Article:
Alcohol Abuse & The Brain

Drinking alcoholic drinks is an accepted vice in the United States, but it’s important to keep in mind that excessive consumption can lead to a whole host of negative consequences for the individual. For instance, people who consume high levels of alcohol are at greater risk of developing a number of serious medical conditions, are more likely to experience personal difficulties, and may suffer from brain-related effects.

In this post, we’re going to take a closer look at alcohol abuse and how it impacts the brain on both a short- and long-term basis. If you or a loved one needs help overcoming alcohol addiction, then don’t hesitate to get in touch with our team by calling 855-222-1610.

What Does Alcohol Do To The Body? 

Anyone who’s consumed high volumes of alcohol will know it can have a negative impact on the body. A single evening of heavy drinking can result in a hangover or, in some extreme cases, alcohol poisoning. 

The impact of long-term, heavy drinking can be even more severe. Alcohol has been linked to hundreds of medical conditions, including liver disease, heart disease, and high blood pressure. A number of cancers, including liver, colon, mouth, and breast, have also been linked to alcohol consumption.

Additionally, alcohol can have a corrosive impact on all-around physical conditioning because of its impact on the individual’s personal life. The person may be less likely to eat healthy meals, exercise, and get enough sleep, to name just three factors that contribute to physical health.

Does Alcohol Kill Brain Cells?  

It’s often said that alcohol kills brain cells, but that’s not technically true. Yet, while alcoholic drinks won’t kill the drinkers’ brain cells, it does sometimes feel like it — and even if those brain cells are still alive, they’ll be more likely to be impaired.

Drinking excessive amounts of alcohol has been shown to lead to brain shrinkage, most notably in the parts of the brain that control memory and cognition. Over time, people who drink alcohol excessively can begin to demonstrate problems making decisions, short attention spans, and memory loss, among other brain-related functions.

Long-term Effects of Alcohol Abuse

Alcohol abuse has both short- and long-term effects. On a long-term basis, individuals who abuse alcohol are much more likely to experience a host of health conditions, including liver disease and heart disease.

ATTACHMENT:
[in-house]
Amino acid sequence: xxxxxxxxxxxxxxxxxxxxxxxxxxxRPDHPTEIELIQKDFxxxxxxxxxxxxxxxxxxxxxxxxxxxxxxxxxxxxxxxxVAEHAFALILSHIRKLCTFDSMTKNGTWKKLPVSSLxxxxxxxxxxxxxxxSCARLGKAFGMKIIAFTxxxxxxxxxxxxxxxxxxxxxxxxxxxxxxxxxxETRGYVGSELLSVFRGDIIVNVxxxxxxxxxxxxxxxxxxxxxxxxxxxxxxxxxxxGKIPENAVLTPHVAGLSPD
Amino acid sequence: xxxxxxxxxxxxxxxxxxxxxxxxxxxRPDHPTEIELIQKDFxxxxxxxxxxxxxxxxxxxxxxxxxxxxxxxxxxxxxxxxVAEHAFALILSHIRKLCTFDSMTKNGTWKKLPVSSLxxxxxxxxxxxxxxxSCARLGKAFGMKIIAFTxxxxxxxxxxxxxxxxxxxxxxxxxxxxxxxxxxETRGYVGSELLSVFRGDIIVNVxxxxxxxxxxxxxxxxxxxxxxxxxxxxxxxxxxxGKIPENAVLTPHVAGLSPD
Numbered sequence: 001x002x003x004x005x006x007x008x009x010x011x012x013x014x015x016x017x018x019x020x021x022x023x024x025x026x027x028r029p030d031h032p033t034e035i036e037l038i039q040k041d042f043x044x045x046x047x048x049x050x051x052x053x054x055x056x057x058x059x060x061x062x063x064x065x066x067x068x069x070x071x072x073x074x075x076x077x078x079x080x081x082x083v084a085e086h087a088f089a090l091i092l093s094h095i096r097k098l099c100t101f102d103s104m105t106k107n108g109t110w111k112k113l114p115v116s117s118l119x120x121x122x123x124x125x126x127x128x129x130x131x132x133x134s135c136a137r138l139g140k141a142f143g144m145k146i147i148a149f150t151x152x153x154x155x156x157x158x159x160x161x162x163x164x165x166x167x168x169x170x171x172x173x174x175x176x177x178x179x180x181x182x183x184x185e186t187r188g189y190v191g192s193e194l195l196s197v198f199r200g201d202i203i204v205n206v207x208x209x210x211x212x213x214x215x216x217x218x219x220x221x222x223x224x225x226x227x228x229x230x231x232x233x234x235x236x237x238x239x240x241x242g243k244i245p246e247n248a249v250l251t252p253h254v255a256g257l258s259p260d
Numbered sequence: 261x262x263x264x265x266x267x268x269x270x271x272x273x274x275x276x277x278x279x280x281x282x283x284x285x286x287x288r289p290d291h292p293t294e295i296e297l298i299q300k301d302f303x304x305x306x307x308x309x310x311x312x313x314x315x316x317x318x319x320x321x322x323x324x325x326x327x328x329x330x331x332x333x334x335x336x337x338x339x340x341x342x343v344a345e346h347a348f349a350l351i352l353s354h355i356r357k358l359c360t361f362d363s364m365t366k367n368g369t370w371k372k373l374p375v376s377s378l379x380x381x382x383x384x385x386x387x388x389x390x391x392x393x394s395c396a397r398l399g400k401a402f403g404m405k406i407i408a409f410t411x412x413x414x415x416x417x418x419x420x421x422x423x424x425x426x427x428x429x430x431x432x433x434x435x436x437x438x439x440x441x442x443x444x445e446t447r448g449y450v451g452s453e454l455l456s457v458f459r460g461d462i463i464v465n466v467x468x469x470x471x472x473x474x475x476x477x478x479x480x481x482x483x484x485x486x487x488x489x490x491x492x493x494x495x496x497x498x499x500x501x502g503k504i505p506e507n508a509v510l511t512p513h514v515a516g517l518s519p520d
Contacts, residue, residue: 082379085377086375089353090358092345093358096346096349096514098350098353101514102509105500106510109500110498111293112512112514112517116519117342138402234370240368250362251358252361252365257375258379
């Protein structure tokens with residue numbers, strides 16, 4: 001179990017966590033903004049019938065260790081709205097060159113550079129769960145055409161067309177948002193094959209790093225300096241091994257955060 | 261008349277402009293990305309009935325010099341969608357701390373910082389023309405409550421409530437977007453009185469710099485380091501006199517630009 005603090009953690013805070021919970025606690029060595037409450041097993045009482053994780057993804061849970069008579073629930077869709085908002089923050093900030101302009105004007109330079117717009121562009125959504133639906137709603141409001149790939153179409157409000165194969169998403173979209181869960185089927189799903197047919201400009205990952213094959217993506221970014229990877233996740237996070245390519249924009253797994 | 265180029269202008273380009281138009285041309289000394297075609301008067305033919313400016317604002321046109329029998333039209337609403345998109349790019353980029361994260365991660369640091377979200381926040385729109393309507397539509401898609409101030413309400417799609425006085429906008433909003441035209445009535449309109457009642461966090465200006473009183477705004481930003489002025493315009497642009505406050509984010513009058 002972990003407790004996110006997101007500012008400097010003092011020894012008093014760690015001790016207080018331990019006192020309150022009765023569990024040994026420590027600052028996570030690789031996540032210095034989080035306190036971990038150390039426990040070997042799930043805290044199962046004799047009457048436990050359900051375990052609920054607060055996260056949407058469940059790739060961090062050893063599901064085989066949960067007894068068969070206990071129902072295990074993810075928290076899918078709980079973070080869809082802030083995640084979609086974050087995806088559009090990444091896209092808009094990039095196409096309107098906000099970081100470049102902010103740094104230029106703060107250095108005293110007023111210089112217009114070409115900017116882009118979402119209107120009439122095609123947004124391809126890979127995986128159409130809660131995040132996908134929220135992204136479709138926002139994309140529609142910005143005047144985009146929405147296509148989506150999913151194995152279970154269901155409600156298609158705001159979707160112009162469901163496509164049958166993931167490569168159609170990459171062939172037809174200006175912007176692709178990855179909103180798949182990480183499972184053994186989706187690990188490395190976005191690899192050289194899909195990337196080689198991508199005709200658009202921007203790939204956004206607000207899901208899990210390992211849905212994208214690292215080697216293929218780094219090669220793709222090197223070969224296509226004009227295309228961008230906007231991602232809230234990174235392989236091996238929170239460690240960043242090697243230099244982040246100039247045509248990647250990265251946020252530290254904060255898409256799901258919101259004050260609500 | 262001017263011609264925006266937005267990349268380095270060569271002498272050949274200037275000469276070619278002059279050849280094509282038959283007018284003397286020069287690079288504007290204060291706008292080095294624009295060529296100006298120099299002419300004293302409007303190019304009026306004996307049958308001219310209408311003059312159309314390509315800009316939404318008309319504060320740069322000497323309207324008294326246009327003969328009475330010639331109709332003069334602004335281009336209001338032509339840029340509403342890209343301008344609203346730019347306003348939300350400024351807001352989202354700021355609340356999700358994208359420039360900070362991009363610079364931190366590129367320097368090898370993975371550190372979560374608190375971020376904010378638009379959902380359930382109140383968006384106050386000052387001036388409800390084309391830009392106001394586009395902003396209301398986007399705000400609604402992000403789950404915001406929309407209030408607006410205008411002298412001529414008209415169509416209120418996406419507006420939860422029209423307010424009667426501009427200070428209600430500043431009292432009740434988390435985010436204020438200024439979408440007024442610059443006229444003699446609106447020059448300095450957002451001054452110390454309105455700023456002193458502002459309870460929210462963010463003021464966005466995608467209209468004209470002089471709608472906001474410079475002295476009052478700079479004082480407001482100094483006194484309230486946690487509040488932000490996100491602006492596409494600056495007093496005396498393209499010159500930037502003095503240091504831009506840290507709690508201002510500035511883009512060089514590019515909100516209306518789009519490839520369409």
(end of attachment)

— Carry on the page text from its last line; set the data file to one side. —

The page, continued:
Studies have shown that long-term drinking can lead to a diminishment in the brain’s gray and white matter. This impact can lead to changes in personality, moodiness, and reckless behavior.

There can be personal consequences that make life more stressful and difficult, too. People with alcohol addiction tend to have problems with their careers, personal relationships, and finances.

Disorders Linked to ARBI 

ARBI stands for Alcohol Related Brain Impairment. It affects people who drink excessively for long periods of time and can cause a number of symptoms, including difficulty with coordination, memory, and concentration.

There are a number of medical disorders linked to ARBI, including:

  • Frontal Lobe Dysfunction (cognitive difficulties).
  • Hepatic encephalopathy (mood changes, confusion).
  • Wernicke’s encephalopathy (vision problems, ataxia).
  • Korsakoff’s amnesic syndrome (short-term memory loss, hallucinations).

Alcohol and Memory Loss

Alcohol can cause short-term and long-term memory loss. Drinking excessive amounts in a short period can result in blackouts, during which the individual can not fully recall the drinking experience. This happens because excessive alcohol consumption impacts the hippocampus, the region of the brain that is responsible for memory processing. 

Long-term alcohol drinkers also find it difficult to recall details from their past. Researchers aren’t entirely sure what precise aspect of long-term drinking causes memory loss, but the fact that there is a connection is widely accepted.

Alcohol Abuse and Brain Development

Alcohol abuse can be especially damaging to developing brains. The brain is not fully developed until a person is in their early twenties. Younger persons who abuse alcohol are more likely to suffer from:

  • Poor vision
  • Poor coordination
  • Slower reaction times.

It’s recommended that young adults wait until they are of legal age before partaking in alcohol consumption.

Get Help For Alcohol Addiction Today

As we’ve seen, excessive alcohol consumption can have a significant impact on the brain. The best way to protect your brain functionality is to cease drinking. If you need some help getting your alcohol addiction under control, then don’t hesitate to get in touch with the caring, professional team at Peaks Recovery. We’ve helped countless number of people overcome their substance abuse problems in the past, and we’re sure that we can do the same for you. 

Call at 855-222-1610 to speak to our friendly team. 

Medical Disclaimer: Peaks Recovery Centers uses fact-based content about recovery treatment, addiction medicine, and behavioral health conditions to improve the quality of life for those struggling with drug and alcohol addiction or mental health disorders. This information is not intended to replace professional medical guidance, diagnosis, care, or treatment. This information should not be used as a substitute for advice from a qualified healthcare provider and/or your physician.